Hopefully this gives you some ideas - if you want some more help, feel free to ask :slight_smile: This is probably a good forum discussion, as I think there are lots of people trying to do this.

Here’s some code I just remembered I wrote that wakes up every 15 seconds to sample data (in this case the battery voltage), saves it in the NV table, and then sends the contents of the NV table to it’s agent every 15 minutes.

`const SAMPLE_FREQ = 15; // sample every 15 seconds
const SEND_FREQ = 900; // send data to server every 15 minutes

function voltage(samples = 1) {
samples = samples * 1.0; // convert to float

if (samples <= 1) return hardware.voltage();

local total = 0.0;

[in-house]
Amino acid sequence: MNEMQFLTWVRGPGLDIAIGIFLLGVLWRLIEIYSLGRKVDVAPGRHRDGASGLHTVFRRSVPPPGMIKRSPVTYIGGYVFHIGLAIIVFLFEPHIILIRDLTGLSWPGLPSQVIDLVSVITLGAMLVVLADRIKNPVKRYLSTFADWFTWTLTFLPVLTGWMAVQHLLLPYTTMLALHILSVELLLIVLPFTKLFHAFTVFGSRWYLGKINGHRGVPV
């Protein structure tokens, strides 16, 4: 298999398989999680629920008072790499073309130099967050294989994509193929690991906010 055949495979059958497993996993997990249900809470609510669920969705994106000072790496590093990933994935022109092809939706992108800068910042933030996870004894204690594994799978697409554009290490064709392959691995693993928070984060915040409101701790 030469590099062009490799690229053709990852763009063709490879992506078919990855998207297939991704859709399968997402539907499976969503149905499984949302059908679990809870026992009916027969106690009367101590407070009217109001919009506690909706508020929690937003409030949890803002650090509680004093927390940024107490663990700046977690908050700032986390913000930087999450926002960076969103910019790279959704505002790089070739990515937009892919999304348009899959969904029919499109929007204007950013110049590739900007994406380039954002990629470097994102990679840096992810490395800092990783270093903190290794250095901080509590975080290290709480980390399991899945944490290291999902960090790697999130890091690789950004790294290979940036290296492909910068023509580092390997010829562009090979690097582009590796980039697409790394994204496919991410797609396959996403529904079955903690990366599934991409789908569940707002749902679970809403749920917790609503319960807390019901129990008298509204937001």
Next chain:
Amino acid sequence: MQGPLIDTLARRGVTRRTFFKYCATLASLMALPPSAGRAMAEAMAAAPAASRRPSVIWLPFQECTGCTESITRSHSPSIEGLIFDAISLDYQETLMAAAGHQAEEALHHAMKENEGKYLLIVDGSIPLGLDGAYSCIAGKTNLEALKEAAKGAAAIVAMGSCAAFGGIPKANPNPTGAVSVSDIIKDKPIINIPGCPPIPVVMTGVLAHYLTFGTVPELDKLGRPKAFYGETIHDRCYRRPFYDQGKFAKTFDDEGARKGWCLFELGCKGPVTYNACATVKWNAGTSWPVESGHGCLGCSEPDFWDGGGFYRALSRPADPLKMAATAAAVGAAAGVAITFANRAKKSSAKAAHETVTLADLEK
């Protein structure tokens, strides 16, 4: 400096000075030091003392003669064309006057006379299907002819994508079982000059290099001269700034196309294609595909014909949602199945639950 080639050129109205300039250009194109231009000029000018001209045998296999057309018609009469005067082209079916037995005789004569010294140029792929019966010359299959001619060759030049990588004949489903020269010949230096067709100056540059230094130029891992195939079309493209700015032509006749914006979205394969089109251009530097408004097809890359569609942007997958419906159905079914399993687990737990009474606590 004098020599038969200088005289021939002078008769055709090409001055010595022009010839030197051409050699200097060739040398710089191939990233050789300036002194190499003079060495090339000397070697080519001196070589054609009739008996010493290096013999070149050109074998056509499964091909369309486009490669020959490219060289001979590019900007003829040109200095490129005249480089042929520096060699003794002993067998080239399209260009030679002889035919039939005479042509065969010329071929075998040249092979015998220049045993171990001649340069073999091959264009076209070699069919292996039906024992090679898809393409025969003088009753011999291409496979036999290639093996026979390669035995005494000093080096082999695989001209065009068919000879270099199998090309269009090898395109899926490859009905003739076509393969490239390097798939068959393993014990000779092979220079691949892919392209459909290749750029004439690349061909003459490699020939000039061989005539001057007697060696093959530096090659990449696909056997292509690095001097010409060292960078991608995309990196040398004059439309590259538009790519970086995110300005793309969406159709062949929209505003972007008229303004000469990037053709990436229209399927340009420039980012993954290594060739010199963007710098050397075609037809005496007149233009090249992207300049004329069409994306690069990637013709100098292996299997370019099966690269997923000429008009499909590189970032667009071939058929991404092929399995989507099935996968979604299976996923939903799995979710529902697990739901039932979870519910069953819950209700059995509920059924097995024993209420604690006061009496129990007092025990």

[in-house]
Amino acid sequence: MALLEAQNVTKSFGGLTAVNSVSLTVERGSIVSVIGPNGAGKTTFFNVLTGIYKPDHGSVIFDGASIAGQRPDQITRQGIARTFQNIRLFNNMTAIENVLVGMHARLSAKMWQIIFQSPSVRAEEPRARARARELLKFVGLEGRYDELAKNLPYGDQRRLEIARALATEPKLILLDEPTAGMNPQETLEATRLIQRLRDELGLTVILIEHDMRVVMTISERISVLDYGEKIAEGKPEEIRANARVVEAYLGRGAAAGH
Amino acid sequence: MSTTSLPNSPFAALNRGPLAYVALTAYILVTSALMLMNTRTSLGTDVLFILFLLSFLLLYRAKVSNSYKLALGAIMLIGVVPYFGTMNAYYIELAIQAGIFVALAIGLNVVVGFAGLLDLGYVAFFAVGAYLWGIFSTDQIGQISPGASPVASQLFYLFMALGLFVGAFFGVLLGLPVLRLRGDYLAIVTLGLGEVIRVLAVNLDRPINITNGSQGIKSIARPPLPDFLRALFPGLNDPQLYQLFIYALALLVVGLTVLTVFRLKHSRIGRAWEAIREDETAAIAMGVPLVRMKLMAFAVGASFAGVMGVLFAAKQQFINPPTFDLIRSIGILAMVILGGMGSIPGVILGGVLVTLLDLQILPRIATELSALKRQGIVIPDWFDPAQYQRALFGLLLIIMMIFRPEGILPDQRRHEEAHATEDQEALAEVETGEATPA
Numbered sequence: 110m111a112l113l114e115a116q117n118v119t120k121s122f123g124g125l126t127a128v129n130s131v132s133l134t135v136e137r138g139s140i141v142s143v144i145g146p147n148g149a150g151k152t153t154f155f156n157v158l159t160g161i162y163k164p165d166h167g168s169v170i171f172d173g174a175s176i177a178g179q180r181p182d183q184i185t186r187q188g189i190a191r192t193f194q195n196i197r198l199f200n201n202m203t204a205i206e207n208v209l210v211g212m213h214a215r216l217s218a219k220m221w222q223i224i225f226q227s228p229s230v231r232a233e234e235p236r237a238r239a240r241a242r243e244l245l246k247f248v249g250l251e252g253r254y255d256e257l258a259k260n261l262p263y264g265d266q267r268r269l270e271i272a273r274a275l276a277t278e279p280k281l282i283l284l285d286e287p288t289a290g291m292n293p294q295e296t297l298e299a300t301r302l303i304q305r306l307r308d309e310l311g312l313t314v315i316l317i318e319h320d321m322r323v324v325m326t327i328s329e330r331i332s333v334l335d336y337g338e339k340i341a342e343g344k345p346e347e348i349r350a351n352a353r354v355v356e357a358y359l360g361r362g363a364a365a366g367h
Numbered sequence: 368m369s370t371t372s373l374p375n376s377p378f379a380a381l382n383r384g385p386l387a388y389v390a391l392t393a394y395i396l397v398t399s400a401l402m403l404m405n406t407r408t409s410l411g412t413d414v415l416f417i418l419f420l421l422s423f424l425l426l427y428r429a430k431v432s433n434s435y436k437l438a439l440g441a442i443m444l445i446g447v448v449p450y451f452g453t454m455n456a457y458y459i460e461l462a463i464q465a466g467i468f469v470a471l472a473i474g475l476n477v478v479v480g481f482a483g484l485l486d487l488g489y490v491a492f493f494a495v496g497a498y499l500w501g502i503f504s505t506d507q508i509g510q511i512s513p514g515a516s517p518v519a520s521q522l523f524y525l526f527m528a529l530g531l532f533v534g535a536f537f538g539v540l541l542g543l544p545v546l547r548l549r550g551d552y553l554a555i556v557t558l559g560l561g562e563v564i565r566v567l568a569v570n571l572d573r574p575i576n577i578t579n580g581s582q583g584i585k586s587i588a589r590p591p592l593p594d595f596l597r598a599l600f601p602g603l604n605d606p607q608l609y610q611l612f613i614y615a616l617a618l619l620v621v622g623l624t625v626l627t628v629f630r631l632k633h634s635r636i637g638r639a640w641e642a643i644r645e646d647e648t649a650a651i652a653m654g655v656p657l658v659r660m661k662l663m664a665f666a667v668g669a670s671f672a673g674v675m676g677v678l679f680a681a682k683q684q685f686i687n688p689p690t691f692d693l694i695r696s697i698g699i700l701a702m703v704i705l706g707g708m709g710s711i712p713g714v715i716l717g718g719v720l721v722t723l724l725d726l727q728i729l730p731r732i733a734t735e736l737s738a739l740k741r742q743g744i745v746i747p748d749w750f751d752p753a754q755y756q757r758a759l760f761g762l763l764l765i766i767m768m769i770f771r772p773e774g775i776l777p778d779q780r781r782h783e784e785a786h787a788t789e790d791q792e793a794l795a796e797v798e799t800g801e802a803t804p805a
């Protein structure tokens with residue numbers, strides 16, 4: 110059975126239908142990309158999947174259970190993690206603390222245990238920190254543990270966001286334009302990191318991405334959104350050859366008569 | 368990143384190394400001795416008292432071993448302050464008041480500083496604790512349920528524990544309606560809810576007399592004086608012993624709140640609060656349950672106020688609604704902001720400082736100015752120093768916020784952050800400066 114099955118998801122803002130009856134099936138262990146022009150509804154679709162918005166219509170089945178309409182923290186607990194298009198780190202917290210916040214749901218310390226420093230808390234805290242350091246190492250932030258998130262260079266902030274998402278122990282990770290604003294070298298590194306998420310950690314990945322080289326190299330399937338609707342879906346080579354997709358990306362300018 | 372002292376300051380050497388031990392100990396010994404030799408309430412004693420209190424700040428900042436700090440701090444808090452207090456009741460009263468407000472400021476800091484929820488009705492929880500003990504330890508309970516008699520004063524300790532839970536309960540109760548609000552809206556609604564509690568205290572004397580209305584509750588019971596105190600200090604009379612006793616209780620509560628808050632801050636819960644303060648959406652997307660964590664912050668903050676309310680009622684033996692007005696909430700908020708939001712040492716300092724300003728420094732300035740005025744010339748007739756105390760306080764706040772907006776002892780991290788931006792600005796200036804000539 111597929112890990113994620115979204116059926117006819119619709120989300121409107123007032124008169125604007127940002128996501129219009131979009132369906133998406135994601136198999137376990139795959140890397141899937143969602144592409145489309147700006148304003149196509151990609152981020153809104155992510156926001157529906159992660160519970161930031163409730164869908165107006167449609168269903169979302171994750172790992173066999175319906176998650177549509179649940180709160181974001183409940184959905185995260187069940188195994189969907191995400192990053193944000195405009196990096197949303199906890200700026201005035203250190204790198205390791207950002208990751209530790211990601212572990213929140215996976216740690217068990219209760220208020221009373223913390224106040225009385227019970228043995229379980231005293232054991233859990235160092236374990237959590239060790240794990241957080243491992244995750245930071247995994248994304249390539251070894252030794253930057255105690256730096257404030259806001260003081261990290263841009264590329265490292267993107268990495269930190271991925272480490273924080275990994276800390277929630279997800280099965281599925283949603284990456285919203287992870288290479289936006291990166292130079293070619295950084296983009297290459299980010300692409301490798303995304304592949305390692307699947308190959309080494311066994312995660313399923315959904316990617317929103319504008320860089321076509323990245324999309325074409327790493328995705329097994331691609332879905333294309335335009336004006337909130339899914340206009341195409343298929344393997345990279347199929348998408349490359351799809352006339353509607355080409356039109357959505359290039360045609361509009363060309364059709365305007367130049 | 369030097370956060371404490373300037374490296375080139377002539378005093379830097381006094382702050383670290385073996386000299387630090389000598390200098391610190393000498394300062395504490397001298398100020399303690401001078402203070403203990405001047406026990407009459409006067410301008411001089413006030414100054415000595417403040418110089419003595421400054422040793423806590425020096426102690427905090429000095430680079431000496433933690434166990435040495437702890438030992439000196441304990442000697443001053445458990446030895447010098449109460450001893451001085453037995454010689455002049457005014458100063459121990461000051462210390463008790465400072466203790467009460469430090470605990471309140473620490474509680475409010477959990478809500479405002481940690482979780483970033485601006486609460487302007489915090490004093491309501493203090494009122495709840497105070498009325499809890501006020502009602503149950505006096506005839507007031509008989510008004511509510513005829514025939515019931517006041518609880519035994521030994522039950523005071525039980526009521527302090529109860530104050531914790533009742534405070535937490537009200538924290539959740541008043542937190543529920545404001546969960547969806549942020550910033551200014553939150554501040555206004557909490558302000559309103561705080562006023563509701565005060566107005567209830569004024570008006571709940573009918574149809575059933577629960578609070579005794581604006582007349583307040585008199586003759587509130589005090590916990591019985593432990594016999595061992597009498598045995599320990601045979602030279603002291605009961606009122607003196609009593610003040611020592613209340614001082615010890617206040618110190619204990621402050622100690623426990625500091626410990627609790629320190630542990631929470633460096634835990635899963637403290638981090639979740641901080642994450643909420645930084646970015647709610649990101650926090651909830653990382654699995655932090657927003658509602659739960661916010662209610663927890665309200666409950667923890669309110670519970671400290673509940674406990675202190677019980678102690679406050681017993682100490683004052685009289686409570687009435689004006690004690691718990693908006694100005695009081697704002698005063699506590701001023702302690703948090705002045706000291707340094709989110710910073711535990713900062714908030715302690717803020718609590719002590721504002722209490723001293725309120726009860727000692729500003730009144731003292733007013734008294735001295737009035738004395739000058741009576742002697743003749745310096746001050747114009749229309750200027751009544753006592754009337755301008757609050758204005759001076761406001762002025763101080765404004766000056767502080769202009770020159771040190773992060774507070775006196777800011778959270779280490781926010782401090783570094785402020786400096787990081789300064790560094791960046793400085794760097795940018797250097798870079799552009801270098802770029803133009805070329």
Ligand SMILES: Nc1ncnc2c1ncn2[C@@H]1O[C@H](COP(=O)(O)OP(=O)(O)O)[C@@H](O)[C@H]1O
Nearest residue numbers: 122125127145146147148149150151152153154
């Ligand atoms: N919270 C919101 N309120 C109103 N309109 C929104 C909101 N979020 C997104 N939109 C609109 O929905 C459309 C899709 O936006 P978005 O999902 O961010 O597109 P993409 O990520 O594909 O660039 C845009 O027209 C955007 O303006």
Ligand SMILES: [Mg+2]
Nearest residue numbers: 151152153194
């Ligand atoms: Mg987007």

for (local i = 0; i < samples; i++) total += hardware.voltage();
return total / samples;


function sample() {
// current timestamp
local _t = time();
local _v = voltage(10);

// get nv-table
if (!("nv" in getroottable() && "lastsend" in nv && "data" in nv)) nv <- { lastsend = _t, data = [] };

// add data point
nv.data.push({ t = _t, v = _v });

// if we need to send upstream
if (_t - nv.lastsend >= SEND_FREQ) {
    local r = agent.send("data", nv.data);
    if (r == 0) nv <- { lastsend = _t, data = {} };


imp.onidle(function() { server.sleepfor(SAMPLE_FREQ); });`

It does sound like you’re actually connected to wifi all the time. You should be using deep sleep if you want to use less power, as in beardedinventor’s example.

So how do i enable the powersave mode in my code. I dont need the batteries to last for months on end just a few weeks in between changes. Polling once every 10 mins.